So if we think about the readers of All Things Venture, who should try Fan Amp, and why should they try it as an early user?
Fan Amp works for two different personalities, for people who are looking to get into an event, and for the avid fan. We're starting with Formula One. So, for people who are looking to get into Formula One, right, it's an incredibly easy outlet; you tell us the teams you like, and that's it, and then we will show you content related to that, and then everything else you need as a fan is in one place.
And then for the avid fan, right, the long-term goal is to expand this to multiple different events/experiences to keep you engaged. And, so you would be able to come for your interests and tailor the experience not just to, like, Oh, I like football, or I like basketball, but to the particular teams.
Talk about that tailoring experience more. One of the things that I've been reading and learning a little bit more about over the past few weeks is just the use of AI, especially in our content and media consumption.
Yeah, I mean, I think it's, it's incredibly additive to the experience and something that we will definitely incorporate in the future. We don't have Google's AI or, Tik Tok’s AI at the moment, right? But we are being thoughtful about it, and this has been from day one about basing the experience around what you care about. For example, if you said you like Mercedes Formula 1 team, then when you go to the newsfeed to sort of see the summary of what's happening, it's going to show you things related to Mercedes, right? And as that scales out, and as that gets better, we can show you the most relevant articles we can curate. So, you're not seeing five of the same headlines. You're seeing the one that's most important, or the one that you find to be most interesting. We can start to build around your behavior. But knowing what you care about has always been core to the business, and always will be, because we want to make this experience end to end of being a fan for anything as personalized as can be.
What are the “aha” moments you see early users of Fan Amp having? We’ve talked about how, at least for me, as a user my “aha” moment would be centered around being able to watch/consumer basketball with my dad. I’m in New York, and he’s in Houston, but being able to replicate the feeling of being together would be like magic. So said another way, I’m very curious to hear about what you’ve learned in terms of delivering those magic moments for consumers early on.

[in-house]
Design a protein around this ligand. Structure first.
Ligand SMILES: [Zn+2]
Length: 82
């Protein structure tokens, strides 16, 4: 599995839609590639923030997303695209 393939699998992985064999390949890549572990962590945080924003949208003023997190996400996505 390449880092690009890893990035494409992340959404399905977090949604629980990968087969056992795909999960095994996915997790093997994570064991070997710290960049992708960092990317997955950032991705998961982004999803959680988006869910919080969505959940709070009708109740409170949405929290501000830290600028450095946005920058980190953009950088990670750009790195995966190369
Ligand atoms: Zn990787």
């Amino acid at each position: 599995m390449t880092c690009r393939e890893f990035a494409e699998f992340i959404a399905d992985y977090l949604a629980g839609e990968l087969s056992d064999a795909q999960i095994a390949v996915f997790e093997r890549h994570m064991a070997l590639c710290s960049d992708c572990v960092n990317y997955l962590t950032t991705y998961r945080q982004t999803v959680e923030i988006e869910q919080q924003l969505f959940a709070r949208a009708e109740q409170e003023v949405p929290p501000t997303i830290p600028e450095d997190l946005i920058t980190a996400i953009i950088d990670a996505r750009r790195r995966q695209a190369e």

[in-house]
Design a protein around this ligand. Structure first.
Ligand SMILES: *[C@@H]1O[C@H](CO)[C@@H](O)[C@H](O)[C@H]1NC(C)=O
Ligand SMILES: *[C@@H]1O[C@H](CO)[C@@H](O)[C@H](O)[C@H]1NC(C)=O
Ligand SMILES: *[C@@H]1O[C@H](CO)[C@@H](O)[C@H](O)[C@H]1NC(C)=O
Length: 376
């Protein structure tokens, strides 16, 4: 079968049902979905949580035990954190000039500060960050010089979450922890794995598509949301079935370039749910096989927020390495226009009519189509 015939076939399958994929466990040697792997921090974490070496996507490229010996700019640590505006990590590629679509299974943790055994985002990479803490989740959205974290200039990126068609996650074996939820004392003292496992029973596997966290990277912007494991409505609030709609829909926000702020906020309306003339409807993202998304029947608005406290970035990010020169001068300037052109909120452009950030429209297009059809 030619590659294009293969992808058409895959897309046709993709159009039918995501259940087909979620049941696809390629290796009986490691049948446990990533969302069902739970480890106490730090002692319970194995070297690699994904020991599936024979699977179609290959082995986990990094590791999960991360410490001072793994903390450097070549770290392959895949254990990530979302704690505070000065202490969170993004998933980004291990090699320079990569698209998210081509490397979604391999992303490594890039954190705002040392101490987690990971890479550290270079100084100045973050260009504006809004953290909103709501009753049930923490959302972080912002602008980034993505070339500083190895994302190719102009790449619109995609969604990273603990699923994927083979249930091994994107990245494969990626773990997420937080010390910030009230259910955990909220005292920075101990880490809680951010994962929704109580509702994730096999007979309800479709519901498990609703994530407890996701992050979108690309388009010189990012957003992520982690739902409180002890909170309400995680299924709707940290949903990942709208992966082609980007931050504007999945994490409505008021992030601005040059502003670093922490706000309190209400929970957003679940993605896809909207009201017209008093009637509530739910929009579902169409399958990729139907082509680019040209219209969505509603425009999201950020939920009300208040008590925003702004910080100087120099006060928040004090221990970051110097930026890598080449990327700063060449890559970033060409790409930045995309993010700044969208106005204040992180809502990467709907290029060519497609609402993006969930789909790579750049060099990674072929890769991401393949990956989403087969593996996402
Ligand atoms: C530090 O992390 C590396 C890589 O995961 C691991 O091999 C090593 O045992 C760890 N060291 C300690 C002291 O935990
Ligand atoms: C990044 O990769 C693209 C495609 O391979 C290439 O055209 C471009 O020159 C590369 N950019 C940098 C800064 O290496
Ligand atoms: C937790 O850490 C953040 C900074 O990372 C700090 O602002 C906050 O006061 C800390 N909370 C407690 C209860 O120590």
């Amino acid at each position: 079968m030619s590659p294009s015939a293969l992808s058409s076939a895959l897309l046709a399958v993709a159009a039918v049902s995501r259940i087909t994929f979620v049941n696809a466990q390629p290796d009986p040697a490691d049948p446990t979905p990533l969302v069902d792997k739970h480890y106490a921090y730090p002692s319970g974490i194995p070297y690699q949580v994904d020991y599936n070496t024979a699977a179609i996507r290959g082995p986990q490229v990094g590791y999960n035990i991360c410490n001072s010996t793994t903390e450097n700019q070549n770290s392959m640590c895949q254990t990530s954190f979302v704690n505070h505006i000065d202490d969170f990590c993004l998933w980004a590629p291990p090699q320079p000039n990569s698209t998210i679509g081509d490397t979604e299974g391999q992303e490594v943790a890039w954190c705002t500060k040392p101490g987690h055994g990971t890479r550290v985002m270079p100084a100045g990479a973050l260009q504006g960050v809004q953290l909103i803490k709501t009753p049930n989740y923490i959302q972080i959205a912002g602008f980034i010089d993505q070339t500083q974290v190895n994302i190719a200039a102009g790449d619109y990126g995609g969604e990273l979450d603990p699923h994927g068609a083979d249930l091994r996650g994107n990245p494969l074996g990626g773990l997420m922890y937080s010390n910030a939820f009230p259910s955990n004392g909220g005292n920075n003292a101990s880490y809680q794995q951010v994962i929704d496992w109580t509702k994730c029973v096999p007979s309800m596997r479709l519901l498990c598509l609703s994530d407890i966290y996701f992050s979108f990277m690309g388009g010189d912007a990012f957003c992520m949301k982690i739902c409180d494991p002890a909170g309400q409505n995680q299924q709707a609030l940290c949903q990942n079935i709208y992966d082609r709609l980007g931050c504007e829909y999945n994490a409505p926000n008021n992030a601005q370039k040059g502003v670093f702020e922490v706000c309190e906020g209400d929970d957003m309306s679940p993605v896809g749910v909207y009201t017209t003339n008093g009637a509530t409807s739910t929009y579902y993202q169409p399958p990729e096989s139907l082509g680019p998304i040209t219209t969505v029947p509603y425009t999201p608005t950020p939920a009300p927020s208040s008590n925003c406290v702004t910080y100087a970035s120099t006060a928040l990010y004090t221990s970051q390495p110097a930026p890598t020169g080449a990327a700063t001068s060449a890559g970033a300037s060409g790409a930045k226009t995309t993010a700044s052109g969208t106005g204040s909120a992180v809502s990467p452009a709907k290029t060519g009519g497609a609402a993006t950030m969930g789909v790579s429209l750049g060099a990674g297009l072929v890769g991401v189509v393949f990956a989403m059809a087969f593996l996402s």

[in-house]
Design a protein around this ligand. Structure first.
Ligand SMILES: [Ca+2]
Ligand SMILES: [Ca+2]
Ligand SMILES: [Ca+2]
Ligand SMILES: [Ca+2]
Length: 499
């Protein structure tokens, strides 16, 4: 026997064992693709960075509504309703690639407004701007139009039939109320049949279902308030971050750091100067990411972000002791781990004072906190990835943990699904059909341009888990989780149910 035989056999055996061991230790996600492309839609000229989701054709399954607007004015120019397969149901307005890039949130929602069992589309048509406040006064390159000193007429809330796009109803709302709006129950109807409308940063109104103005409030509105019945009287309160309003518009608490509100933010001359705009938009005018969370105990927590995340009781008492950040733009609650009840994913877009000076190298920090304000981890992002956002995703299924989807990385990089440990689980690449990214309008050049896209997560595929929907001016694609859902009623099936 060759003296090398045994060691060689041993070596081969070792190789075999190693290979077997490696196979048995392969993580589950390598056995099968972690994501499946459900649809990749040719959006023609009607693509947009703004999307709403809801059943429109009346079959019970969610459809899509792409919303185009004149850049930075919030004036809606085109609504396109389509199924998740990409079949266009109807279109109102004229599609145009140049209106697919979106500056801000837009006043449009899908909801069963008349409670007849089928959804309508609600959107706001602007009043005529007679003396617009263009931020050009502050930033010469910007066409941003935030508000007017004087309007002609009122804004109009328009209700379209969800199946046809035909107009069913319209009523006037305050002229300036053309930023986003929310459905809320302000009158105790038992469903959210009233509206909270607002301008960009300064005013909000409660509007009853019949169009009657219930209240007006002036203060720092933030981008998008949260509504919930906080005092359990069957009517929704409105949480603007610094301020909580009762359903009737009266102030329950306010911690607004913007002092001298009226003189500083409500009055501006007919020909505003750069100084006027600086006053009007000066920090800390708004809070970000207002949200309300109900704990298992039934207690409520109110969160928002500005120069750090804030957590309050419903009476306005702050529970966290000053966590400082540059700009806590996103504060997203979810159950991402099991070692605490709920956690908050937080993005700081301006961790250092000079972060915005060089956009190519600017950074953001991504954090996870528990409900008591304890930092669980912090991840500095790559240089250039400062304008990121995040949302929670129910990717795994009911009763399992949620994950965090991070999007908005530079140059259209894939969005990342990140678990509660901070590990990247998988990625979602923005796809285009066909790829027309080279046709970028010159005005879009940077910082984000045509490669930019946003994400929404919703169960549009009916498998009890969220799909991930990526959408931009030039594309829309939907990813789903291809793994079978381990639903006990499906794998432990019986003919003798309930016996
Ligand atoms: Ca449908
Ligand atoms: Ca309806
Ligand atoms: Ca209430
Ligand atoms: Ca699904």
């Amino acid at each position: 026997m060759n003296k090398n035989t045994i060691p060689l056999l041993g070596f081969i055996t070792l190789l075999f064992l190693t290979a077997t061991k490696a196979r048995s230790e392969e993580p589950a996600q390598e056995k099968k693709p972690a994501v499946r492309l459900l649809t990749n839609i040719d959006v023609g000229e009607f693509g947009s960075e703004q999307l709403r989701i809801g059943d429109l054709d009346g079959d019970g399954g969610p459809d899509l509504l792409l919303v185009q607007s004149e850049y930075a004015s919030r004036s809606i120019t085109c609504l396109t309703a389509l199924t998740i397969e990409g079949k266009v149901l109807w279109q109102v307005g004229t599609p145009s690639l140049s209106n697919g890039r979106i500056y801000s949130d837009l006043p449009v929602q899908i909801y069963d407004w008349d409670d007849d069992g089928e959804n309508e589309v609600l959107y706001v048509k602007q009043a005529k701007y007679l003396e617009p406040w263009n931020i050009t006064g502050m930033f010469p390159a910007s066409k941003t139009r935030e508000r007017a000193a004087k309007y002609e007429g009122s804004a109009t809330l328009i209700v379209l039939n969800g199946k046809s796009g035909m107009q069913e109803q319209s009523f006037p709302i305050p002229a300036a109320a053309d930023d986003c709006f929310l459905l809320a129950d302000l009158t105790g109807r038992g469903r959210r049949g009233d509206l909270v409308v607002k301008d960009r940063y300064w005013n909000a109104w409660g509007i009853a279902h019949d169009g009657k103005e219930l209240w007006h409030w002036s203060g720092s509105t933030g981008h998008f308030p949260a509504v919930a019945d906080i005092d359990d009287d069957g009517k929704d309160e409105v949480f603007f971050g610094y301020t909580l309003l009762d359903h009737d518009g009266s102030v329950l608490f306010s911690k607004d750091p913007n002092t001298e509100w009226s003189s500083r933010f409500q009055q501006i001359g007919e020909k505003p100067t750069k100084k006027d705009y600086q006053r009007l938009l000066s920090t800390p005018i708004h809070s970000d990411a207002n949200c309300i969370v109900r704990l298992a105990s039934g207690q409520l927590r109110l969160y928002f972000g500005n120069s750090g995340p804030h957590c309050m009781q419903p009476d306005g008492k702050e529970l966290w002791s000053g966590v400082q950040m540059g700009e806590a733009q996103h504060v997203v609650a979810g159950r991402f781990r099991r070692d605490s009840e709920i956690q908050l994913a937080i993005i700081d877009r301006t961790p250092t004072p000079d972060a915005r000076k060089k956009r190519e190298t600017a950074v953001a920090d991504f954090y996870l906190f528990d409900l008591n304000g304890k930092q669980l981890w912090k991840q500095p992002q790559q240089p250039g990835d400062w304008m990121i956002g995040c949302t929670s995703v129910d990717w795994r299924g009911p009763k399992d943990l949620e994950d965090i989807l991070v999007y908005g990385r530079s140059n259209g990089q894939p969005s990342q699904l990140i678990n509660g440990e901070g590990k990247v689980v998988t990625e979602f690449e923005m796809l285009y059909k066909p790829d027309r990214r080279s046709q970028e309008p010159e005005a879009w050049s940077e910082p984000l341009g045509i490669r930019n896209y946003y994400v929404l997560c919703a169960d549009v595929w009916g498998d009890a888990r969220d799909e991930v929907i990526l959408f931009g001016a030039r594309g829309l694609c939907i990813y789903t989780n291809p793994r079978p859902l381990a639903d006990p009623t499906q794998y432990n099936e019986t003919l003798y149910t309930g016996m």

Yeah, I think of the ones that was most impactful to me was sort of the validation around making things easy. I sat down and spoke with one user where he had used the application, seen the news feed, and when I say newsfeed I don’t just mean ESPN, or Bleacher Report, it’s from all over the web. It’s Youtube, it’s Twitter, it’s podcasts. All of it is tailored for Formula One, which is what he cares about, and he sits and tells me, “there’s been nothing that’s done this for me, that makes it so easy.” And that’s the “aha” moment, it’s not going out and inventing brand new mode of media consumption like Tik Tok. What it is, is about making the experience that exists today better and more exciting and more engaging. That has a lot of value for people. That’s been a huge “aha” moment we’ve been seeing, how that really lights people up when you give them something that’s easy to use.
How many Formula One races are there a year?
So there's 22 Grand Prix in the season. So you have those weekends. You have a qualifying race, and then you have a Grand Prix race, and then there's a handful of sprints.
Let’s say I’m a Lewis Hamilton fan. I'll be able to see across Twitter, across Youtube, across Reddit , across ESPN, across any other content source on the web, relevant information to help me stay up to date on Lewis Hamilton.?
So, another question for you – obviously a key component for the sports industry are the commentators around sports. Tony Romo, Stephen A Smith, Patrick McAfee. Those guys and girls are the characters that bring story lines to life – humor, conflict, drama. Would I be able to see their commentary, as it relates to Lewis Hamilton as well?